Gainesville, Florida, was set to become the first city in the state to get rid of single-family only zoning citywide … until it wasn’t.
Shortly after its members were sworn in, a city commission reversed an August vote that was designed to increase housing supply by allowing for duplexes, triplexes and fourplexes to be built on land zoned for single-family homes in the college town, Bloomberg reported.
The reversal, which came after backlash from local residents as well as state Republicans who threatened to intervene, may indicate how much of an uphill battle the “Yes in My Backyard” crowd faces in Red States, according to the outlet.
Pro-housing advocates have fought exclusionary zoning to combat increasing housing prices, as well as to unravel historic segregation, Bloomberg said. But residents — concerned over potential decreasing property values and more students moving into neighborhoods, among other things — fought against the measure, calling it “costly ill-conceived boondoggle,” “unconscionable” and “possibly catastrophic,” on a Facebook group, the outlet said.
Advocates expressed their concern over how quickly the upzoning plan was overturned, saying that the changes weren’t nearly as drastic as some alleged.
“You guys are on the wrong side of history here,” Jason Sanchez, of the local pro-housing group Gainesville Is For People, said, according to Bloomberg. “I don’t quite understand why it’s a contentious issue. It should be a quiet thing; it’s frankly kinda boring.”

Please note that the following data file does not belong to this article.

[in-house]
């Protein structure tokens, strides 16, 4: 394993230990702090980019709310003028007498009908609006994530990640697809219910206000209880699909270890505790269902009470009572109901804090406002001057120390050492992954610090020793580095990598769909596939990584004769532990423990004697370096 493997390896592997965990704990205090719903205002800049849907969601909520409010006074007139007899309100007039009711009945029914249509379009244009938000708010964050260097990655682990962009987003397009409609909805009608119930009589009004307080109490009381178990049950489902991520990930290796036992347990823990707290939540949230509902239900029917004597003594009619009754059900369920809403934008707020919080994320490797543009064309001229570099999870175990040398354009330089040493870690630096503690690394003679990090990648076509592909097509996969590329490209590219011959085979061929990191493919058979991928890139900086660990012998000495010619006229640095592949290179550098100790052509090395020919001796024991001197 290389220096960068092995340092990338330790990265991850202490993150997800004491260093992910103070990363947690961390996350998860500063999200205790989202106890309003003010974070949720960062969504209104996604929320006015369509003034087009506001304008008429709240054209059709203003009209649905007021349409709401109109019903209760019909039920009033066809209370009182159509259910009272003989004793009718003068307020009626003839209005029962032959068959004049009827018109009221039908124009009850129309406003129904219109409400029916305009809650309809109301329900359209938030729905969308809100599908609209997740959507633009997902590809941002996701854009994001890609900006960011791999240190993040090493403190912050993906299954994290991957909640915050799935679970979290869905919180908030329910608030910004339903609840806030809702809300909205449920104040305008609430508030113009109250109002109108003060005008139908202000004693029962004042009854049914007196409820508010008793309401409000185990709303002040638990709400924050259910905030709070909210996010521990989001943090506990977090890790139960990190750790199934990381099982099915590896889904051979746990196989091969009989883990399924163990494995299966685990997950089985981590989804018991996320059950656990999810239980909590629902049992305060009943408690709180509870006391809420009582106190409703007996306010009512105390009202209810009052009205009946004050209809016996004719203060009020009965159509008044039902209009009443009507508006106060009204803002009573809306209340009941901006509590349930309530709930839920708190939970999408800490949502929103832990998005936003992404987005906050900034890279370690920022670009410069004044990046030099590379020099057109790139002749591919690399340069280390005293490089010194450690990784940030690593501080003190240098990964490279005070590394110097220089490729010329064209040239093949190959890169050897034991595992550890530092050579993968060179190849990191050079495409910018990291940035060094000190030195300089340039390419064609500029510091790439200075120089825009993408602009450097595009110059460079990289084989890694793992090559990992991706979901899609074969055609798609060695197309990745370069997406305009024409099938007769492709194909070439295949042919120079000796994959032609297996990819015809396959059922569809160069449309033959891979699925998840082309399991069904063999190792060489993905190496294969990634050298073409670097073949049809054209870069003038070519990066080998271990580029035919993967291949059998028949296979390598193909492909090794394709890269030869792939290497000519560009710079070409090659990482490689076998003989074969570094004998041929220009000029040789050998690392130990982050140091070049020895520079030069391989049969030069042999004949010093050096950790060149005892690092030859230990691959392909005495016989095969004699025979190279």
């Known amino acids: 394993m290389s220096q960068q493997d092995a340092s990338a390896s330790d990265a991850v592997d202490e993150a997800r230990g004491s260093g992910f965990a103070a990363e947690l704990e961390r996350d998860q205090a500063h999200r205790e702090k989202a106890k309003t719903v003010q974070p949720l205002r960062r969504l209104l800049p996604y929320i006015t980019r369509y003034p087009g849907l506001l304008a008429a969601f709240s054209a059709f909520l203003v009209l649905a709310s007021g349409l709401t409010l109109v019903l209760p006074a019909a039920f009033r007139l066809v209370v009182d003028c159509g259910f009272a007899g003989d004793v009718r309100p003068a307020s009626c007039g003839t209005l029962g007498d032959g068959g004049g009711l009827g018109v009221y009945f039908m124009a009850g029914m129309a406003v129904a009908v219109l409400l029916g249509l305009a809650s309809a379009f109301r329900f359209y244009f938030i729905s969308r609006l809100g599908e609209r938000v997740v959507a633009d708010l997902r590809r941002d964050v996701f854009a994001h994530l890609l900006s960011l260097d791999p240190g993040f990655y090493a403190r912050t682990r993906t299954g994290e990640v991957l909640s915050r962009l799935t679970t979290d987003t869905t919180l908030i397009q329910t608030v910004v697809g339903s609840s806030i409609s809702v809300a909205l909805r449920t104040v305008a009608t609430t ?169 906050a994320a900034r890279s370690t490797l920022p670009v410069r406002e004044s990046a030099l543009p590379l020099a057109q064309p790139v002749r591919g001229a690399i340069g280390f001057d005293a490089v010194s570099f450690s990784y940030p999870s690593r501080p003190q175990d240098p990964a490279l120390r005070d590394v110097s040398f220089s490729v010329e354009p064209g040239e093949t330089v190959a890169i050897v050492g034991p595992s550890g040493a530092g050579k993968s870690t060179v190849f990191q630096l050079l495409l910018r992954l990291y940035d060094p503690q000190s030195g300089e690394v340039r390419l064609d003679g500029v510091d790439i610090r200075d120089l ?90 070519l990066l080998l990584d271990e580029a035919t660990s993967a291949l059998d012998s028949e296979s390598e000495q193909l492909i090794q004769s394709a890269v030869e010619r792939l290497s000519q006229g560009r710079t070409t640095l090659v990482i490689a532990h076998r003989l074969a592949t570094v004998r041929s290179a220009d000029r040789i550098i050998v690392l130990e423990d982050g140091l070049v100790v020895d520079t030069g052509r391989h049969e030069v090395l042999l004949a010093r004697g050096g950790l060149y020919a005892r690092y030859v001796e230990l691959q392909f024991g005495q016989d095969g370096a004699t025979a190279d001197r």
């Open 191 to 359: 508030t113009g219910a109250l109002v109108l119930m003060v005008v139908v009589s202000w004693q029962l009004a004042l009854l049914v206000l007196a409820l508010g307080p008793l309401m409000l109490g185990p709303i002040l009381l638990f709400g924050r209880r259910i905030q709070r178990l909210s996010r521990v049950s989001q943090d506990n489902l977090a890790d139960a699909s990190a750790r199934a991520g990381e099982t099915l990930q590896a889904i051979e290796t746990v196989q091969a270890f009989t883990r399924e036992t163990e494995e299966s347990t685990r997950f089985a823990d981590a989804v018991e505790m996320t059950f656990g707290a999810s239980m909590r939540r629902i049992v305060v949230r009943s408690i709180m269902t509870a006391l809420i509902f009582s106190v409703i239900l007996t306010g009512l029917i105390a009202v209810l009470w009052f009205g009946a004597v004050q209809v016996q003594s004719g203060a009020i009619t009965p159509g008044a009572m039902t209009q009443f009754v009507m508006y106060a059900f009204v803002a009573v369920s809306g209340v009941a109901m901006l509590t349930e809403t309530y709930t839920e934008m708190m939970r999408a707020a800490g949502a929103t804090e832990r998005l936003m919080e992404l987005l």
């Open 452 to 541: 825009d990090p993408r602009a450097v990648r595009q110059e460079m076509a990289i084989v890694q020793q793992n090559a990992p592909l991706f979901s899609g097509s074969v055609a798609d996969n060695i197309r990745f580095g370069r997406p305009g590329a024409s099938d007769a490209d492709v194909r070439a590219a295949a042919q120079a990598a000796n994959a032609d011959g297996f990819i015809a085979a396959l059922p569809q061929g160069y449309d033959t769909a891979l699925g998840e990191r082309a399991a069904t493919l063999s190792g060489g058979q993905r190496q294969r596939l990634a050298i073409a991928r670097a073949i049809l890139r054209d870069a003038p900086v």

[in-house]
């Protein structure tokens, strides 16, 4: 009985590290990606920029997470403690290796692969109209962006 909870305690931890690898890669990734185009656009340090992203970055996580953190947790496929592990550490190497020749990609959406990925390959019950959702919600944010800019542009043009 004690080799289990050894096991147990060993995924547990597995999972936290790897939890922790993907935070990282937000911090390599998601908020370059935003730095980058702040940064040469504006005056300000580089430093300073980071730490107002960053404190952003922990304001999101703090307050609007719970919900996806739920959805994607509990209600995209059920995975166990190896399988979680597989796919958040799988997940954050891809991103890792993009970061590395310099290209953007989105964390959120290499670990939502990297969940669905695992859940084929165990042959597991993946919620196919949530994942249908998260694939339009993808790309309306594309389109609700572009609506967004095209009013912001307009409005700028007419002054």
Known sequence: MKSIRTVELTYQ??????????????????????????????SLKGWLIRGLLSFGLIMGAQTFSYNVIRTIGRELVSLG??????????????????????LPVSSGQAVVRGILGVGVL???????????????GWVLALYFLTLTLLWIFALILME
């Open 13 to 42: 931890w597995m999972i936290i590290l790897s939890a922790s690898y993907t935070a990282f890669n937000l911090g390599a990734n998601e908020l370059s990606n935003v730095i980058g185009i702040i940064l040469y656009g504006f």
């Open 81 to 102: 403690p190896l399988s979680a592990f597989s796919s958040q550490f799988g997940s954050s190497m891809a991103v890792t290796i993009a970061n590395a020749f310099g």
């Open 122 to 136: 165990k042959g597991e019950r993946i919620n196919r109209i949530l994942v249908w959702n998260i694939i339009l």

But it was anything but when it came to the November election, which saw commissioner Harvey Ward, who voted against the plan, become mayor, in part based on a promise to repeal it. The plan was unpopular not only with white residents, but Black residents, some of whom felt the upzoning would affect their property values and eat into their home equity.
“This was my fourth campaign for office. I’ve never, unfortunately, seen something that was [so] widely unpopular on the doorsteps,” Ward told the outlet.
Supporters of the measure, meanwhile, said they didn’t have the infrastructure or the messaging to combat the anti-upzoning crowd. And others believe there is still momentum for additional changes.
“In Florida we’ve had new groups pop up, so it’s kind of exciting,” Jason Sanchez said. “We’ve got Orlando, St. Petersburg, Tampa and Miami.”
— Ted Glanzer